The U.S. appears to be following through on plans and activities launched months ago. I quote. “U.S. officials are in northern Syria laying groundwork for the administration of Raqqa. The SDF backs civilian governance structures there, and U.S. forces are training a militia to police the city. It is unclear how much control the Democratic Union Party (PYD), the Syrian Kurdish political party, will have in these areas; in other Arab-majority areas the SDF liberated from the Islamic State, such as Manbij, PYD cadres are the ultimate authorities, and some suspect that Kurdish fighters will claim the territories they liberate for their de facto autonomous region known as Rojava.”

U.S. policy in the region is unclear. The State Department in August 2017 articulated a narrow aim: defeat IS and leave. But the Kurdish-led SDF, an ally, had a very different understanding of plans: “They [the U.S.] have a strategy policy for decades to come. There will be military, economic, and political agreements in the long-term between the leadership of the northern areas [of Syria)]” [and the US]. The U.S. military expressed a third view: “Our mission…is to defeat [IS] in designated areas of Iraq and Syria and to set conditions for follow-on operations to increase regional stability.”

Trump’s current plans as so far made public come closest to those of the U.S. military mission, namely, “operations to increase regional stability”. But to implement them requires a long-term U.S. presence. As in Afghanistan, a long-term U.S. presence is consistent with a long-term strategic policy and interest, which in turn is consistent with the behavior of an empire.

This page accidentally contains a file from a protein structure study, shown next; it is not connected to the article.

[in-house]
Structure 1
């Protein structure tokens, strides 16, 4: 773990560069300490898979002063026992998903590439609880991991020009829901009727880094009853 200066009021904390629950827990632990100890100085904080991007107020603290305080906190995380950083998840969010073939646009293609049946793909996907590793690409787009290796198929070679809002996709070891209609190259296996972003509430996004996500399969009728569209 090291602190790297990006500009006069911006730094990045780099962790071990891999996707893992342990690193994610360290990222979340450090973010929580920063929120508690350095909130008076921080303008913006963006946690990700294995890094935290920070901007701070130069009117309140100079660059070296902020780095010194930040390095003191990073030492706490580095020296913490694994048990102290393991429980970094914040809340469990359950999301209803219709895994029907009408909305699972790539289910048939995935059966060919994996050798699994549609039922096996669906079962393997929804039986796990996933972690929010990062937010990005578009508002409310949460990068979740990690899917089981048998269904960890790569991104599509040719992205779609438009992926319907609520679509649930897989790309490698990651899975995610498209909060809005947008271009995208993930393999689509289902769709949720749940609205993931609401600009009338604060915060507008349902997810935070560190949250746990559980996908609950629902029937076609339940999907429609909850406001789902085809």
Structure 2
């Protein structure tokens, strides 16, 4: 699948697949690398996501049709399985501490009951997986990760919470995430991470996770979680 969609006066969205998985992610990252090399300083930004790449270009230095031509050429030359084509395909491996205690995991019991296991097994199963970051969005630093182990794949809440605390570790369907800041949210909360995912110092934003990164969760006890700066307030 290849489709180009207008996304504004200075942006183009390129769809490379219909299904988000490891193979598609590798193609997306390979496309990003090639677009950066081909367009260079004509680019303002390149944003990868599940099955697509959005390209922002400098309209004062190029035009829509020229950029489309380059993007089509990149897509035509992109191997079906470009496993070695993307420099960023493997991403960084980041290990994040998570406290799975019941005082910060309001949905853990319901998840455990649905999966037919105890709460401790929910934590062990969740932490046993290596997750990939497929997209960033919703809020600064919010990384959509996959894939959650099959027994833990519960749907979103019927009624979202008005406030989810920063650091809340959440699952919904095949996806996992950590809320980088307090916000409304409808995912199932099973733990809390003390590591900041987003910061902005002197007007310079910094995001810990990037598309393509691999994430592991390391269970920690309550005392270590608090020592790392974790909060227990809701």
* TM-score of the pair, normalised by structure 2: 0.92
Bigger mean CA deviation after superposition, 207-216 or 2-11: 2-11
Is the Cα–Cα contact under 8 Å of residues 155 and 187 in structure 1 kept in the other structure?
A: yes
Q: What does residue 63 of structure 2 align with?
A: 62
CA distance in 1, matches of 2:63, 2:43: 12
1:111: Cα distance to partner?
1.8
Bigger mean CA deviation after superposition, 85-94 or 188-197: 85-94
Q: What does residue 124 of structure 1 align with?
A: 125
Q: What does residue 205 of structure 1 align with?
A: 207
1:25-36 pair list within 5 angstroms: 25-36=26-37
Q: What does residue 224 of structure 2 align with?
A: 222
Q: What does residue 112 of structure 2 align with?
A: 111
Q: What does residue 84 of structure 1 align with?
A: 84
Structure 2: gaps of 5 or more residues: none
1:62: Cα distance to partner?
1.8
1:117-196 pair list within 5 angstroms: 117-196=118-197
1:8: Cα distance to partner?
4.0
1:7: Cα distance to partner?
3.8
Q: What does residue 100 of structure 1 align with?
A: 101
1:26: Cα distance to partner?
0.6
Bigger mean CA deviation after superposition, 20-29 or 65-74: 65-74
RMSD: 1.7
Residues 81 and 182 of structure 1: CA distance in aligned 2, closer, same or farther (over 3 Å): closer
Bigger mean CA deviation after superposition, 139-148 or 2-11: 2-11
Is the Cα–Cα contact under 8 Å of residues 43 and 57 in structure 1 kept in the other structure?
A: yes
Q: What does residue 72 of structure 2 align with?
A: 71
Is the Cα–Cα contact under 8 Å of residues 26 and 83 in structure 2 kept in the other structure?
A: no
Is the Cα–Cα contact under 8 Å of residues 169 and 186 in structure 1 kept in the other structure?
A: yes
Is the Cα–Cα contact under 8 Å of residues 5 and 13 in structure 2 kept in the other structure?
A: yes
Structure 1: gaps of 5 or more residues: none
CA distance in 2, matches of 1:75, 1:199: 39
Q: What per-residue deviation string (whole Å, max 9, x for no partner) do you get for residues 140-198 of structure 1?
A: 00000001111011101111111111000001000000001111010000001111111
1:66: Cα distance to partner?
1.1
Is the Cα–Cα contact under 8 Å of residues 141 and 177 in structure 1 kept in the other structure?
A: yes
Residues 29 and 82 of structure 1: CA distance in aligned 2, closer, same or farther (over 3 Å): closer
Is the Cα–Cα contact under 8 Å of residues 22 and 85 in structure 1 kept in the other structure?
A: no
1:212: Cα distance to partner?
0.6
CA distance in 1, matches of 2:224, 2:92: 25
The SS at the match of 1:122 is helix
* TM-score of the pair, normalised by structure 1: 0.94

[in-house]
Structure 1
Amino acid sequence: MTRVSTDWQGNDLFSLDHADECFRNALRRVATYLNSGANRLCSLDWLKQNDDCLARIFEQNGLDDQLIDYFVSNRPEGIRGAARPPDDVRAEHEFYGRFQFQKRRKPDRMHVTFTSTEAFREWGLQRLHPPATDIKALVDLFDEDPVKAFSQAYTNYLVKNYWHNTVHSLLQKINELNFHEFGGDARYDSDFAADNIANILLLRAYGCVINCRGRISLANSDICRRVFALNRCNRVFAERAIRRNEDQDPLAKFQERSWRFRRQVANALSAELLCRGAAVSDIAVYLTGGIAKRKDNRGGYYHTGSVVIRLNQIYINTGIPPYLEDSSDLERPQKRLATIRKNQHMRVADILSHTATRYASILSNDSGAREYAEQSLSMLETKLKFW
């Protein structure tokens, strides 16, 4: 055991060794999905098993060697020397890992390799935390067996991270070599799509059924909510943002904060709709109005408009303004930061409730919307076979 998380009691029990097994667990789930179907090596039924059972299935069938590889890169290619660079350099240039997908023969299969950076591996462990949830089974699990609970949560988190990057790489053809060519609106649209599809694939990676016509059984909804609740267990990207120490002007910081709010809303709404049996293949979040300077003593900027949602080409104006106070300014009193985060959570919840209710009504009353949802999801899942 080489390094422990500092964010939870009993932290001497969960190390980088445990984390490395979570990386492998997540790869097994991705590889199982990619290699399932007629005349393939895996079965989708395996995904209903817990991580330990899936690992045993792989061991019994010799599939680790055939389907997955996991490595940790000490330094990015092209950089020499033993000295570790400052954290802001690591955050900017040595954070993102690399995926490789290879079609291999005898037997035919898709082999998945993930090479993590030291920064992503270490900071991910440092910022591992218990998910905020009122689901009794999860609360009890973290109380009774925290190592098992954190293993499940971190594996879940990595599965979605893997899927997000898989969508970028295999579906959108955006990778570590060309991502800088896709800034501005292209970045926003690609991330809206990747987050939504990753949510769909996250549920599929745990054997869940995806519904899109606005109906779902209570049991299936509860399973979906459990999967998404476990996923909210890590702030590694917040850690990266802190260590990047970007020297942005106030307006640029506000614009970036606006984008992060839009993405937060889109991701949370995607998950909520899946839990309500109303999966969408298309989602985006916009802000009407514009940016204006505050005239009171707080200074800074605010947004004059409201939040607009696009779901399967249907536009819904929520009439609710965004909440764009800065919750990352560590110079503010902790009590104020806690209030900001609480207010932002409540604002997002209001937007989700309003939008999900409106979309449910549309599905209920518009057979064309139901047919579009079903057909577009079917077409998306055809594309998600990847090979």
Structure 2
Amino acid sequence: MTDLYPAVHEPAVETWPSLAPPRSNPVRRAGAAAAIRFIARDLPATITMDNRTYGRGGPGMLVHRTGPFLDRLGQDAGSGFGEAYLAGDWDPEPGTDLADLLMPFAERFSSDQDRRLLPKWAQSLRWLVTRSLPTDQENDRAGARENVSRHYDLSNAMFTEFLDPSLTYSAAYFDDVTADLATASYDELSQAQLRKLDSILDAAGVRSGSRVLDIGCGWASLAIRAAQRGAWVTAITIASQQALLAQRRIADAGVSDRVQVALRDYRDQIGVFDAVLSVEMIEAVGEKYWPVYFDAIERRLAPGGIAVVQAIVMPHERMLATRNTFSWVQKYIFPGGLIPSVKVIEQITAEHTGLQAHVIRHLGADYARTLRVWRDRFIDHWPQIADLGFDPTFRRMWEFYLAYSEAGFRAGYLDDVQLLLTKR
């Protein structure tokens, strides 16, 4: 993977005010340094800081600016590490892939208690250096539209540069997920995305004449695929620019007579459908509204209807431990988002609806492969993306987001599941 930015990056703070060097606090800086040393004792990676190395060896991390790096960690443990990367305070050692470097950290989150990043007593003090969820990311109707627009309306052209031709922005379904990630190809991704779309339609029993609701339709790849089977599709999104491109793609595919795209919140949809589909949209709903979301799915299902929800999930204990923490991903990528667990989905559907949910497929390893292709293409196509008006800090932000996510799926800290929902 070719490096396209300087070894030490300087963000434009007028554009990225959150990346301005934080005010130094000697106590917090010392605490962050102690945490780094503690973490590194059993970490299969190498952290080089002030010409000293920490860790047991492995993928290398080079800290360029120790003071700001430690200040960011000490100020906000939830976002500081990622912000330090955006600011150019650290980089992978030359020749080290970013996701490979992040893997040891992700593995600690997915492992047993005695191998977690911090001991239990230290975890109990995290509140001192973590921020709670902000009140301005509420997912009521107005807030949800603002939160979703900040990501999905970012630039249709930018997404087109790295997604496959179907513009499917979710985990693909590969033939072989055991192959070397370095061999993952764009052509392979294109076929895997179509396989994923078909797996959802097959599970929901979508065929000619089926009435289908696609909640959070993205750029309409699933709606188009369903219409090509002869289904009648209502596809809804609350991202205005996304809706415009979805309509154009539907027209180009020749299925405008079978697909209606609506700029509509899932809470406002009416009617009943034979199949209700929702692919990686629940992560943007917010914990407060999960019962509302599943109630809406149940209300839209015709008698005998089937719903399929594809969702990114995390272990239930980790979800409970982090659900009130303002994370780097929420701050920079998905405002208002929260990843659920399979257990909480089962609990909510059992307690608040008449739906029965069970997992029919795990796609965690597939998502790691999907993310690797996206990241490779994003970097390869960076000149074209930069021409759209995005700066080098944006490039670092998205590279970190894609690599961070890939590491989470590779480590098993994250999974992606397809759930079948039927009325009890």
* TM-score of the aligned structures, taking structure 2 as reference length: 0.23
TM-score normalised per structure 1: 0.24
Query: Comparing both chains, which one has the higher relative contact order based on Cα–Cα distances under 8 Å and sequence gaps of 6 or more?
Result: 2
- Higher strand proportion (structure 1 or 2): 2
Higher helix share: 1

The initial negative reactions to these plans are strong, and they suggest an increase in regional instability. What makes U.S. planners think that they can achieve any sort of permanent stability by interjecting the U.S. military into the middle of a very complex situation of divided peoples, factions and governance?

What makes those who pilot our empire think they have the right to intervene anywhere they please? They say that they do it for the good ends that they imagine are their noble inspirations. They say that they do it expecting good results. They invariably assure us that they are acting humanely and righteously. They assure us that this is for own security as well as to make a better world.

Our aspirations and expectations do not, however, confer rights on us to intervene in the affairs of others. If they did, then we’d have to accept and approve of the rights of others to intervene in our lives. Do we accept their rights to do so? Of course not. If they have no such rights to invade our property, our lands, our ways and our lives, then neither do we have rights to invade theirs. Will lives be led as a free-for-all in which everyone may invade anyone else, or will we adopt civilized behavior in which we follow rules that respect the ways of others by not intervening in their political systems?

The U.S. undermined civilized behavior and rules when it attacked Iraq, Afghanistan and Libya, and when it supports attacks in Yemen, Ukraine and Syria. There was no national defense or national security justification for these attacks.


9:45 am on January 18, 2018